Green Jobs

How Much Does Your Job Suck?

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Must be able to meet project deadlines in a fast-paced environment.

What are the best and worst jobs in these here United States? The Wall Street Journal has a list of 200 careers, including quite a few head-scratchers (and no, "head scratcher" is not one of the jobs listed). Here's the methodology: 

CareerCast.com, a career website, ranked 200 jobs from best to worst based on five criteria: physical demands, work environment, income, stress, and hiring outlook. To compile its list, the firm primarily used data from the Bureau of Labor Statistics and other government agencies. From a software engineer to a lumberjack, see the complete list, and search for your job.

As that paragraph suggests, "software engineer" is Number One, and "lumberjack" is number 200.

I'm not sure about any list of jobs that doesn't include "doctor," "lawyer," "Indian" or "chief." "Physician (General Practice)" does come in at 39 and "Attorney" ranks 87th. Elected office also gets short shrift, with nothing listed for "politician," "senator" "mayor," "representative" or "city council member."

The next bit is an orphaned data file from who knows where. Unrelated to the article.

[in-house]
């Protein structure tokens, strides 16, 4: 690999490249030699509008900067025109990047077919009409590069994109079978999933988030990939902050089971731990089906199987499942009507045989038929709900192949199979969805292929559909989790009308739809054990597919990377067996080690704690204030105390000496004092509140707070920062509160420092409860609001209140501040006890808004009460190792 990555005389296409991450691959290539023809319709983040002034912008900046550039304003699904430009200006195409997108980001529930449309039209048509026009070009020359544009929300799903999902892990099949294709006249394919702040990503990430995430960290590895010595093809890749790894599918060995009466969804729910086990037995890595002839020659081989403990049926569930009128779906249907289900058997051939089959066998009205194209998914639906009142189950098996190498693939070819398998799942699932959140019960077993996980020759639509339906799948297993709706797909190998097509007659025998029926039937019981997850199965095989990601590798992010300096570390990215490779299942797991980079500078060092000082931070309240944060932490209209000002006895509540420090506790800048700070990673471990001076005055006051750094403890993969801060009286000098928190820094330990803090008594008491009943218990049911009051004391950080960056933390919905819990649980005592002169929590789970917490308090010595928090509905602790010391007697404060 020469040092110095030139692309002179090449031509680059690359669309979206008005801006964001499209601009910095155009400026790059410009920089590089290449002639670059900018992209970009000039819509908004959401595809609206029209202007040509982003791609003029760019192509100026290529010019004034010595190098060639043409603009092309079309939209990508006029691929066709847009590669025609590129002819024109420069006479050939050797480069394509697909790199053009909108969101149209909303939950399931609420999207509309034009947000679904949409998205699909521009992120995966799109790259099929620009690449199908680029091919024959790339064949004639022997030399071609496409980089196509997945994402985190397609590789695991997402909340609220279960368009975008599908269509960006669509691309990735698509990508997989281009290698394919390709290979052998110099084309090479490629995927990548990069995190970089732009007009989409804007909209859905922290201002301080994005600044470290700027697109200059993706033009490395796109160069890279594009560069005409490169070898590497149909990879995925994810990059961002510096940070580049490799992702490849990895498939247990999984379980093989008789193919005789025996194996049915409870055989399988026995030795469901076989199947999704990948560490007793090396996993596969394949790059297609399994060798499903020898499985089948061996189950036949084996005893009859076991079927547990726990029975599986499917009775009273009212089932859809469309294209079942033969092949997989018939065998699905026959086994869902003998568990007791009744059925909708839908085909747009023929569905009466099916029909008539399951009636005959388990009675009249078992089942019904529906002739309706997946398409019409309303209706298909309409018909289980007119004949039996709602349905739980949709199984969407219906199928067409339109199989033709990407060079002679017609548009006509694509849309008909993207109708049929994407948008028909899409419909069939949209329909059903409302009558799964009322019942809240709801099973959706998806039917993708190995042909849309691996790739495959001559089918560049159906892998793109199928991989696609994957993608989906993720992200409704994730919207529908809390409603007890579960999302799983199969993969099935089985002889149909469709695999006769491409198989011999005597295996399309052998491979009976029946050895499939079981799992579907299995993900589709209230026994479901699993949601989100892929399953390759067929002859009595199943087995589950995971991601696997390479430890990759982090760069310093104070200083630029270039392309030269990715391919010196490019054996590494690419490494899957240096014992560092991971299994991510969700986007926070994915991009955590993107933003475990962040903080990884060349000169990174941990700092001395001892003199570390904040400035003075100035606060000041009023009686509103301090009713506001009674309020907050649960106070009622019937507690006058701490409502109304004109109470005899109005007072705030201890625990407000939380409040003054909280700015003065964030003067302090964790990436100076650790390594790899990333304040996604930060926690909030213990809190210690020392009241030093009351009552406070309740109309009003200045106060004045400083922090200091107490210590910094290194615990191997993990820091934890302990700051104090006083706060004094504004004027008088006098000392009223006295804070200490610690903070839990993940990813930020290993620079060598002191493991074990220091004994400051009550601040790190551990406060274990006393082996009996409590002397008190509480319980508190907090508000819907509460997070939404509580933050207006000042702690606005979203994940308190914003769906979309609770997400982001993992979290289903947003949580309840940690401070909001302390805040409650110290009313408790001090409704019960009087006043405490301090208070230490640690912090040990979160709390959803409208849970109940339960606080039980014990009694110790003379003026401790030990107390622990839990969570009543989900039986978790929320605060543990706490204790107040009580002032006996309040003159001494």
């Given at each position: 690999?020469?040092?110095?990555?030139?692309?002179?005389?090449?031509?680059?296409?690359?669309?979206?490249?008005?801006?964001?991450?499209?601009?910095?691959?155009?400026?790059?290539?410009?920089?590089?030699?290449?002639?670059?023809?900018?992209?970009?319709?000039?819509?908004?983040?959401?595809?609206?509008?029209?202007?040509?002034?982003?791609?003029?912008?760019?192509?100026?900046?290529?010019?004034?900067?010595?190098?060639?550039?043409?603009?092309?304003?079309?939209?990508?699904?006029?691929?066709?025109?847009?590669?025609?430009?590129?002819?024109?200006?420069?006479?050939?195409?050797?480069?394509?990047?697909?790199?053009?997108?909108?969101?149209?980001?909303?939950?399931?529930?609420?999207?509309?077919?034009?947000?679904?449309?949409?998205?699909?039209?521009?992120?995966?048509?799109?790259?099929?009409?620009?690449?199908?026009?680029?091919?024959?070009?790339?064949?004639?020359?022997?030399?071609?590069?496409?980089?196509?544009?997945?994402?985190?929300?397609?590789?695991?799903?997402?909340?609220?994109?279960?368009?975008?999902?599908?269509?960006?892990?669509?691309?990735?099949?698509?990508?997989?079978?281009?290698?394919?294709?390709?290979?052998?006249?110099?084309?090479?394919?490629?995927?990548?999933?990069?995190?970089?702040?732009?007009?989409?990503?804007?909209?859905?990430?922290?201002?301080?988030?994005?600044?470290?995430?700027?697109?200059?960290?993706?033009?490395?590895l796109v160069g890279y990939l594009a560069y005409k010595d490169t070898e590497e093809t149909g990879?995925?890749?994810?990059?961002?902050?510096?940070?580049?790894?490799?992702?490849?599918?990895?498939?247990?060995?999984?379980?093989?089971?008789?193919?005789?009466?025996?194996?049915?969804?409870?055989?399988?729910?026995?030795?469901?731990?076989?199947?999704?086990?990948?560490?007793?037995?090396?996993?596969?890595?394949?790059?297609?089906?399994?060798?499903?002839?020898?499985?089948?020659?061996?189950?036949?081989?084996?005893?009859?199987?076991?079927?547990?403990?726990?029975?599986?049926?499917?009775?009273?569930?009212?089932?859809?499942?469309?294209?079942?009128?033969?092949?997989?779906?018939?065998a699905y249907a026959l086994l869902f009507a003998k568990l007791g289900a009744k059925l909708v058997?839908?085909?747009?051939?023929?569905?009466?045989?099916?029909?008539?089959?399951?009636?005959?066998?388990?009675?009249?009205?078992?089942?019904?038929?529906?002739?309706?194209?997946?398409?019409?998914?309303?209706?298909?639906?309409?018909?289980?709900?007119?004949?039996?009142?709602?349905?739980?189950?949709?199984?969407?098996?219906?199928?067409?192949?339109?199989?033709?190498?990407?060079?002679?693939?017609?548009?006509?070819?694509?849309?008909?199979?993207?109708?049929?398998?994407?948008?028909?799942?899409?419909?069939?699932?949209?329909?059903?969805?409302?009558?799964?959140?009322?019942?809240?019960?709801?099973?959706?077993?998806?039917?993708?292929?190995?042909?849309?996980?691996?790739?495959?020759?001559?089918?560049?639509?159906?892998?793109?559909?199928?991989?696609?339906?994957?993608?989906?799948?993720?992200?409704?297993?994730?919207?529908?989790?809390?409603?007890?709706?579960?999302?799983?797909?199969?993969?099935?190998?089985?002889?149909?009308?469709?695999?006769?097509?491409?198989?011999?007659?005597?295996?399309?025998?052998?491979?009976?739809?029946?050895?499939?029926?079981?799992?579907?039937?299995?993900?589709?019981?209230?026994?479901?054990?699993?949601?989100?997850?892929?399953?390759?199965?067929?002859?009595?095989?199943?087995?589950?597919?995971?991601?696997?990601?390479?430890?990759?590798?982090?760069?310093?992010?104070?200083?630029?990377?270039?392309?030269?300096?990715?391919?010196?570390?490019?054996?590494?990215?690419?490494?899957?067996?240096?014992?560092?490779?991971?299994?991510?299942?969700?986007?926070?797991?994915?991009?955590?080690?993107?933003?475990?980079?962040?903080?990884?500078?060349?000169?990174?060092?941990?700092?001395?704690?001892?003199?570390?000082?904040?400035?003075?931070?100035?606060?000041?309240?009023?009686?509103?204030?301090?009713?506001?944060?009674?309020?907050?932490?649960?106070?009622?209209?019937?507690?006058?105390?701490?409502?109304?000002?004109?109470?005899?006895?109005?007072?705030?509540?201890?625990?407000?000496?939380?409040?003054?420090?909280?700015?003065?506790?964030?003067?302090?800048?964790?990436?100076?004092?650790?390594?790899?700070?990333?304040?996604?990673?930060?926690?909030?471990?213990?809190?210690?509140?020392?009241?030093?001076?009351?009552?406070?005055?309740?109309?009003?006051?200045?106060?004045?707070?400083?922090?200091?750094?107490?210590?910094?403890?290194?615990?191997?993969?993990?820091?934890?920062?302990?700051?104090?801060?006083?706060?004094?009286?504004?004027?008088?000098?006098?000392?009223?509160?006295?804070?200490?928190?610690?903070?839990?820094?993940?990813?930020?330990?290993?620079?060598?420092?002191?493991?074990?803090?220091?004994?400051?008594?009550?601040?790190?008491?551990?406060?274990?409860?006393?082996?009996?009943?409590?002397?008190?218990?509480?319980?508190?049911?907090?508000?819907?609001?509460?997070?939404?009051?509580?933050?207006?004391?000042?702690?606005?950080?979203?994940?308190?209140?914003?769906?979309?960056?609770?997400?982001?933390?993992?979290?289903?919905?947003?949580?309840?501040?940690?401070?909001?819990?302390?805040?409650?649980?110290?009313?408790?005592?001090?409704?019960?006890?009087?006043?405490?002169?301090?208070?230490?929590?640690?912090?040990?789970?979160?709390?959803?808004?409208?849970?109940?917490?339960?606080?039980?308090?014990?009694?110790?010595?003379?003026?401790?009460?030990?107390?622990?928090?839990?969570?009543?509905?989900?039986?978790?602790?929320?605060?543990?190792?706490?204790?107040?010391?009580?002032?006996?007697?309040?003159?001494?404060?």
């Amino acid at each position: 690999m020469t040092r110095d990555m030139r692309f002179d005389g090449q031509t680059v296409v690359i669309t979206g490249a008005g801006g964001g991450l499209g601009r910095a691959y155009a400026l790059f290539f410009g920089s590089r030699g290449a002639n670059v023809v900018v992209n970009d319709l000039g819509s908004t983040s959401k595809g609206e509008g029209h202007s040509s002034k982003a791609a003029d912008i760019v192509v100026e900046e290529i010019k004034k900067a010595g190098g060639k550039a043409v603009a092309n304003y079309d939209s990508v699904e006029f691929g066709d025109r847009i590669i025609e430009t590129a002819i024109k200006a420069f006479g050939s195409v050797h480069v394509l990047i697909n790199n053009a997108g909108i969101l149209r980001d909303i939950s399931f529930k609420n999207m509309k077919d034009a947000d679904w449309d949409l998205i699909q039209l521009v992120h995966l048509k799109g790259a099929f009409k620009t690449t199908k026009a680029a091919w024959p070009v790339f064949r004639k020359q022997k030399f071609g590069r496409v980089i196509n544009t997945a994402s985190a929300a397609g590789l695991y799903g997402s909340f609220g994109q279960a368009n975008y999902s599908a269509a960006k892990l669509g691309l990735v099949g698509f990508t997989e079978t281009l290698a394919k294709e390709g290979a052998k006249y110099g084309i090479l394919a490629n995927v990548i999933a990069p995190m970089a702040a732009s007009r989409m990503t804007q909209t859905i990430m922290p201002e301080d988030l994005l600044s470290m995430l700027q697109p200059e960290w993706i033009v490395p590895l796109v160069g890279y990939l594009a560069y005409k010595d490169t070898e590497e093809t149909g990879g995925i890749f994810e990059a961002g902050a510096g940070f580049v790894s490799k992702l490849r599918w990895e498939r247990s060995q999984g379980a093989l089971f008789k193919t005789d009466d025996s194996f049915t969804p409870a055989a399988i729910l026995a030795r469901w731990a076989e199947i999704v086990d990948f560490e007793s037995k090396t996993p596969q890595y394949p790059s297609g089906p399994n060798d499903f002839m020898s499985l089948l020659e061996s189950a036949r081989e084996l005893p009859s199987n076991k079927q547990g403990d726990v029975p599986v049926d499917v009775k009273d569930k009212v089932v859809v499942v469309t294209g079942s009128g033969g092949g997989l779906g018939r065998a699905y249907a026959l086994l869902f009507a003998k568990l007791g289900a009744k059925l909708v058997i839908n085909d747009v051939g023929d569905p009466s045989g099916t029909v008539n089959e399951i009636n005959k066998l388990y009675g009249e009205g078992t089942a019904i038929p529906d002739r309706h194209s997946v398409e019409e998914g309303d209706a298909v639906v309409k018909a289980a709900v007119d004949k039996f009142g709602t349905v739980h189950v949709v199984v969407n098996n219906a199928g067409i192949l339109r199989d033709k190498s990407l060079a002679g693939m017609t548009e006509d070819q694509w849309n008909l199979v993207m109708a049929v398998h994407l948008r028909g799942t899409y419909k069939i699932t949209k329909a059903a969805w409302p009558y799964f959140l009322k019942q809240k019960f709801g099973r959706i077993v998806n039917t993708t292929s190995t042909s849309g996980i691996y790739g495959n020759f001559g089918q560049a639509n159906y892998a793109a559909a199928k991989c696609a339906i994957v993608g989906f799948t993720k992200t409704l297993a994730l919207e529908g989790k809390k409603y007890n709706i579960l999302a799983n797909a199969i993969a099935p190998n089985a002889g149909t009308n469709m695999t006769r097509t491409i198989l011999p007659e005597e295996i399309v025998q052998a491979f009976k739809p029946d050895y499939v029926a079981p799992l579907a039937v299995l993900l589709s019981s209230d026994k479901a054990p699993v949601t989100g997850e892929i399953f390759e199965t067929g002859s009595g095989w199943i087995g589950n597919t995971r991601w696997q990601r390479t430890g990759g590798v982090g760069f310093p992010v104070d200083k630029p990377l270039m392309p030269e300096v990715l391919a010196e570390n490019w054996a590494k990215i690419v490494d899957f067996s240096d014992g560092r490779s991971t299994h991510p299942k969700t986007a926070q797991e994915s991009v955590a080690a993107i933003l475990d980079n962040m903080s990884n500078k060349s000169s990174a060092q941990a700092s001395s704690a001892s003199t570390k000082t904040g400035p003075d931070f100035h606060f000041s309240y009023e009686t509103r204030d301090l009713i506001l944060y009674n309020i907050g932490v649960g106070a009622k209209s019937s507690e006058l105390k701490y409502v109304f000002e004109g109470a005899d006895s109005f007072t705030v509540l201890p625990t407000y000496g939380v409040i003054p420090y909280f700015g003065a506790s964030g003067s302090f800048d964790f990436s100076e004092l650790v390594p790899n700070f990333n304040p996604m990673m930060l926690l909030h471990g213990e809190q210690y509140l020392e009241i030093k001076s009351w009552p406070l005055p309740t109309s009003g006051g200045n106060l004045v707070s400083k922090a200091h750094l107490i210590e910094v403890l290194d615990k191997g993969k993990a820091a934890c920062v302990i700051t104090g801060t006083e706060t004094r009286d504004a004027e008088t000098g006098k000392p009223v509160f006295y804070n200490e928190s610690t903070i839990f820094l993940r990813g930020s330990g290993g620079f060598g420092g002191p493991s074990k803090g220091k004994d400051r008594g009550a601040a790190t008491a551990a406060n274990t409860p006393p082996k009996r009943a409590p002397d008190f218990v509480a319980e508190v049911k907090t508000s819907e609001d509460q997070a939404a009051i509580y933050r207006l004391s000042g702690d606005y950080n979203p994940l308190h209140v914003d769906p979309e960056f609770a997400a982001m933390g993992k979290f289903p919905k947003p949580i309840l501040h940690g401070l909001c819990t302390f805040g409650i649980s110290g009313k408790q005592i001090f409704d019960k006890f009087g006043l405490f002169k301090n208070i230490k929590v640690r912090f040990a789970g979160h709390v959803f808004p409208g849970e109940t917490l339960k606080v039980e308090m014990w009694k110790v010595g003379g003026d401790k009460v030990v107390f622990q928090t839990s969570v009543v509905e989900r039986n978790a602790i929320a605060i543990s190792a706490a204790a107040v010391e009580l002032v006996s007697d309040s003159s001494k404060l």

"Mounty" is not listed either.

The wonderful thing about lists like these is the veneer of objectivity they give to subjective data. While I'm happy for the nation's dental hygienists that they apparently have the fourth-best job in the country, I can't imagine what amount of physical ease or lack of workplace stress could compel me to stick my fingers into other people's pieholes on a regular basis. (Maybe the actual mouth work is done by machines these days. I haven't been to the dentist in a while.) 

 The list also contains bad news for our ever-growing population of liberal arts majors. "Poet," "composer," "novelist," "pundit," "columnist," and even "performance artist" don't show up, and in fact there's nothing listed for "performer" of any kind. Nor is there anything for "motion picture director," though in yet another victory for death, "funeral director" comes in at 90. (Unspecified "Artist" comes in at 101.) 

And if you want to understand why old media employees are feeling so sorry for themselves, note that "Reporter (Newspaper)" comes in at number 196, four spaces from the bottom, 161 slots below "Parole Officer" and 56 slots below "Typist" – a job I didn't even know still existed. (And yes, I am using scare quotes because I suspect most of these people don't do any actual work.) 

In fact, the list is strangely unreflective of the dynamic and shifting nature of employment in this century. Where are the "tech evangelists," "social media coordinators" and "digital imaging technicians" – jobs that seem to be so in-demand on Craigslist but apparently have escaped the notice of the BLS?  

Courtesy of DJ Dash Riprock